Doncaster man left to work ‘all his life’ after falling victim to multimillion-pound pension scam

A Doncaster man has spoken out after becoming a victim of a multimillion-pound pension scam, which ended his dream of retiring in Spain.

Wednesday, 27th April 2022, 11:13 am

Alan Barratt, 62, of Althorne, Essex, and Susan Dalton, 66, of Rochdale, Lancashire, were on Friday (April 22) jailed for their roles in a £13.7 million scam in which 245 victims were defrauded.

One of the victims, former miner Stephen O’Reilly, 61 said his dream of spending his retirement in Spain and leaving money for his children were dashed after being sucked into the scam around 2013.

The father-of-four who now lives in Isle of Wight, and still works in a bookmaker to support himself, said he transferred a total sum of £114,000 to the scammers after being told he was getting a bad deal on his current pension by someone he thought was an independent Government pension adviser.

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Susan Dalton, 66, and Alan Barratt, 62, who helped con 245 victims out of a total of £13.7 million between 2012 and 2014, were sentenced to four years and eight months and five years and seven months respectively at Southwark Crown Court on Friday.

He said he had requested a review and was referred by the fake adviser to speak to Dalton on the phone, who persuaded him to hand over his savings.

It was not until he came to claim his pension that he found out it was a scam.

Mr O'Reilly was told he was due a lump sum and had ordered a car which he was left desperately trying to find the money for, having to borrow from his mother to pay for it.

He said: "If I could get my hands on them, you'd see. They've ruined my life.

"Now I'm just depressed all the time because I know I'm going to have to work the rest of my life because there's no money there.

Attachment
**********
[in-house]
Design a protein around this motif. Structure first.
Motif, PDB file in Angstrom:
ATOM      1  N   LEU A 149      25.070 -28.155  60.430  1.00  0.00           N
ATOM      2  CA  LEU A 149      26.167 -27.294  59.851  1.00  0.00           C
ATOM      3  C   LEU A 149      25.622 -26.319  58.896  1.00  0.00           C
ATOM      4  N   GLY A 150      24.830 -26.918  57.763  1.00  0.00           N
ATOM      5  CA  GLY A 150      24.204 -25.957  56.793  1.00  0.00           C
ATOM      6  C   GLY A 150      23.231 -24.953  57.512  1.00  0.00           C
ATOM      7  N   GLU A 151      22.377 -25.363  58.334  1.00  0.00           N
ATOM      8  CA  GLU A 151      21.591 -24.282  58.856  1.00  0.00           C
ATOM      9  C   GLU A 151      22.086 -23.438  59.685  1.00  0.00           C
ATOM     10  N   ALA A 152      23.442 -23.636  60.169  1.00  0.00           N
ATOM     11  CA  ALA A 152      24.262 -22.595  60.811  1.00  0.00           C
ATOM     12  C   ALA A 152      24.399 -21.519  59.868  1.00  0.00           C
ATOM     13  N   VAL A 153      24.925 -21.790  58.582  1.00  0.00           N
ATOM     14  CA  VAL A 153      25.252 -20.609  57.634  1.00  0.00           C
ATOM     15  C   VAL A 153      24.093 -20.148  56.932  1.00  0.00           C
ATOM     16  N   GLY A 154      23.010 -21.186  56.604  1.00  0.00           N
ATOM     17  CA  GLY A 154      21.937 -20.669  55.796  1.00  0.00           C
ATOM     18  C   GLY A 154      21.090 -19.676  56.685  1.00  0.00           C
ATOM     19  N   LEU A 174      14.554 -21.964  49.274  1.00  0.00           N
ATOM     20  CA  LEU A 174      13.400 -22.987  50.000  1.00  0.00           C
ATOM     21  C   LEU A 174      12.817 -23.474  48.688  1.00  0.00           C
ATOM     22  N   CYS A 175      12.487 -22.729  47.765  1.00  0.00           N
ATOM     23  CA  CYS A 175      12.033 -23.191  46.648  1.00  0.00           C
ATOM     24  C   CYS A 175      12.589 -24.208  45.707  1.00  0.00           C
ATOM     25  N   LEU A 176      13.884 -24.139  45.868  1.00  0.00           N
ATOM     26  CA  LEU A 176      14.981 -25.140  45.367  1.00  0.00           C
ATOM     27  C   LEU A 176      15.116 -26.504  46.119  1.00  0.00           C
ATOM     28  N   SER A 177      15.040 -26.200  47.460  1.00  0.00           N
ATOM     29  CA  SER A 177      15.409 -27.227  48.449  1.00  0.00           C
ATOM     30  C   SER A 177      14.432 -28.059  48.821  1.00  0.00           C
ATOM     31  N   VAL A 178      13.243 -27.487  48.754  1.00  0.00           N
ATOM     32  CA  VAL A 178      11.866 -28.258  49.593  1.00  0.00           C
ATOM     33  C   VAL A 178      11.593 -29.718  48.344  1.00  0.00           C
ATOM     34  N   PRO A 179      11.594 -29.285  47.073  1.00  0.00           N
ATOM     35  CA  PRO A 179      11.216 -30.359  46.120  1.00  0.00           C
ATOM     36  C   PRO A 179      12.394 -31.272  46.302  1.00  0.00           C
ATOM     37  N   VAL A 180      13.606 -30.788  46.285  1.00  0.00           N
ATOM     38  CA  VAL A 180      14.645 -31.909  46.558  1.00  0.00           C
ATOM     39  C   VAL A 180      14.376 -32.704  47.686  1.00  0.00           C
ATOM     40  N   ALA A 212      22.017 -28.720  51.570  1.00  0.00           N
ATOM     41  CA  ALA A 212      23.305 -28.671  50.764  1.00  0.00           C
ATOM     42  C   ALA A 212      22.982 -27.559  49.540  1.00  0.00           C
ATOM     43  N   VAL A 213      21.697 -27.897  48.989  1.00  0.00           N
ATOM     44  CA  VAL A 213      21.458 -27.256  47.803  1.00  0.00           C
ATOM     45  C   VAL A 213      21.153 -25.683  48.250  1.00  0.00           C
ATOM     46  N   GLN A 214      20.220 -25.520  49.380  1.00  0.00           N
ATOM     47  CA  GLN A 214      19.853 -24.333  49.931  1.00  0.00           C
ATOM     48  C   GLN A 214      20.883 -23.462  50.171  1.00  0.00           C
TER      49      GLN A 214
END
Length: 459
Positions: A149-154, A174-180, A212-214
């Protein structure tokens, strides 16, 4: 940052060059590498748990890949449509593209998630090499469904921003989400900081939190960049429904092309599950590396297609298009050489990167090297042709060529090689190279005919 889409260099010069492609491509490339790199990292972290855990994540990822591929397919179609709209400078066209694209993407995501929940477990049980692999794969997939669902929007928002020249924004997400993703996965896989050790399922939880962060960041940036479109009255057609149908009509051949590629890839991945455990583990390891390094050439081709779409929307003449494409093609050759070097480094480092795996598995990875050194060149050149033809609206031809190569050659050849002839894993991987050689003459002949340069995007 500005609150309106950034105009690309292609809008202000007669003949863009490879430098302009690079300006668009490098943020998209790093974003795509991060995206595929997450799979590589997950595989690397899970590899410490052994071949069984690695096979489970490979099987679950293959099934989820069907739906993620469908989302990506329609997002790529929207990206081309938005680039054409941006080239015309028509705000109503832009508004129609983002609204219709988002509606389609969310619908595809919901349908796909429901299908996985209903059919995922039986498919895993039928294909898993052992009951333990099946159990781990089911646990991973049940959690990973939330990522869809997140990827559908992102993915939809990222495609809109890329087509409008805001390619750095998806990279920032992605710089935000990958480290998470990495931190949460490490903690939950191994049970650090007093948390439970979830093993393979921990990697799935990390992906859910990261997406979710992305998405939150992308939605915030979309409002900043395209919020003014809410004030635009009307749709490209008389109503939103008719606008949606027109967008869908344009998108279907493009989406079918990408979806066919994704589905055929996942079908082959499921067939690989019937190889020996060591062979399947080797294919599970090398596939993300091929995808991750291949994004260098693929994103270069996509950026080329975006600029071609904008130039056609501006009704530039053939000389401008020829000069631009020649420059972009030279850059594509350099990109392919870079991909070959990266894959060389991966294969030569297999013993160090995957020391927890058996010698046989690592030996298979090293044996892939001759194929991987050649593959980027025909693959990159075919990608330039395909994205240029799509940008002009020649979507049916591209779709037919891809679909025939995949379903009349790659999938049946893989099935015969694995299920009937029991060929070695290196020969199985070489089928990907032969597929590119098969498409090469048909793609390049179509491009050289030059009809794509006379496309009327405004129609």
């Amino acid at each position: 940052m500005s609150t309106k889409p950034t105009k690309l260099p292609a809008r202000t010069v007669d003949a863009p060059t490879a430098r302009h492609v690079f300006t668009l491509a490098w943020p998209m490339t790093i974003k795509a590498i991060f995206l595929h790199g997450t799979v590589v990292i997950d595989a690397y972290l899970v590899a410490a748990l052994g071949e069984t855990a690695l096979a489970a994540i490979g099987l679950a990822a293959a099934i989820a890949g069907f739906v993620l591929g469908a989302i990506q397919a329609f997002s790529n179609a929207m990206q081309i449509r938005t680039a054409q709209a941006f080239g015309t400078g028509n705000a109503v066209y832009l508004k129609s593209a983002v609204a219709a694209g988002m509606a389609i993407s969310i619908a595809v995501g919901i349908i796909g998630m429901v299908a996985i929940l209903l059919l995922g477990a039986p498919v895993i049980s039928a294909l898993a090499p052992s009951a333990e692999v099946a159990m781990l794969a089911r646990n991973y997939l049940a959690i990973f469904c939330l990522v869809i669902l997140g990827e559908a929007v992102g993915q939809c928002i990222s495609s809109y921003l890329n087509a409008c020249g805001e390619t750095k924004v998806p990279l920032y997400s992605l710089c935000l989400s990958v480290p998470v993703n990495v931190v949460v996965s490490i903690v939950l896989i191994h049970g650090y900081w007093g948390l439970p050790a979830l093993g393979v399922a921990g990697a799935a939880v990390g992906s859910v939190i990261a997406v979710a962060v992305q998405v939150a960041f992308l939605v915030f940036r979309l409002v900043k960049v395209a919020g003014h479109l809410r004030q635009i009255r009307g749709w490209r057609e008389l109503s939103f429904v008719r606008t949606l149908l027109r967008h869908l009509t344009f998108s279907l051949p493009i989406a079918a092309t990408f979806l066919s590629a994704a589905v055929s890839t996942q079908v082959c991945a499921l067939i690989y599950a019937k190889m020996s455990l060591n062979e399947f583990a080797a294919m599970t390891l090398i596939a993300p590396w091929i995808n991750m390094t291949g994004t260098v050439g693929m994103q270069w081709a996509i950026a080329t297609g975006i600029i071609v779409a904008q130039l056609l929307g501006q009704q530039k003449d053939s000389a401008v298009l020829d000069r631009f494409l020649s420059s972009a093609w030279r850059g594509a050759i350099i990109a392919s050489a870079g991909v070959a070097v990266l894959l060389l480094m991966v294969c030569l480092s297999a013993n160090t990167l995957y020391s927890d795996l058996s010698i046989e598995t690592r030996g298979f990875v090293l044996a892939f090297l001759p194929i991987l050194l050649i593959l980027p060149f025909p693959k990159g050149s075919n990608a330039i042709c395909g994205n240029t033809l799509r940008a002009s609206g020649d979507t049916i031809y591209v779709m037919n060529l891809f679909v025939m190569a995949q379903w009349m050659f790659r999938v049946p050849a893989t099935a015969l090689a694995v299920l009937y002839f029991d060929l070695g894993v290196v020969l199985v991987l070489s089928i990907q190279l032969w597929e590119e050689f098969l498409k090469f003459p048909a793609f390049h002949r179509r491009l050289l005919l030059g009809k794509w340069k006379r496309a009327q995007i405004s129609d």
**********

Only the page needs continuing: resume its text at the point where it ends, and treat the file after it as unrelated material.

"I was going to move to Spain but I can't now because I haven't got any money to move in the first place, and I would have to get a job and have enough money to fund myself while I'm finding a job. It's totally ruined my life."

Mr O'Reilly, who worked in the mines for 14 years, added: "I averaged probably 80 hours a week and I was putting a lot more money into my pension than anybody else that was there and now it's all gone."

The pair who helped con 245 victims out of a total of £13.7 million between 2012 and 2014, were sentenced to four years and eight months and five years and seven months respectively at Southwark Crown Court on Friday.

The scam's ‘mastermind’ David Austin killed himself in 2019 after being invited for a police interview under caution, the court was told.

Passing sentence, Judge Gregory Perrins said the duo caused ‘such misery to so many people’ with victims suffering mental health problems and some even attempting suicide.

The average amount each person lost was £55,000, but some lost many times more.

The court was told Dalton and Barratt, who were based in Spain, enticed savers with the promise of unrealistic returns, cash bonuses, and John Lewis vouchers before getting them to transfer their pensions from legitimate schemes to fraudulent ones.

The judge was told the cash bonuses, which victims were led to believe were part of a commission payment from the new schemes, were actually taken from their savings.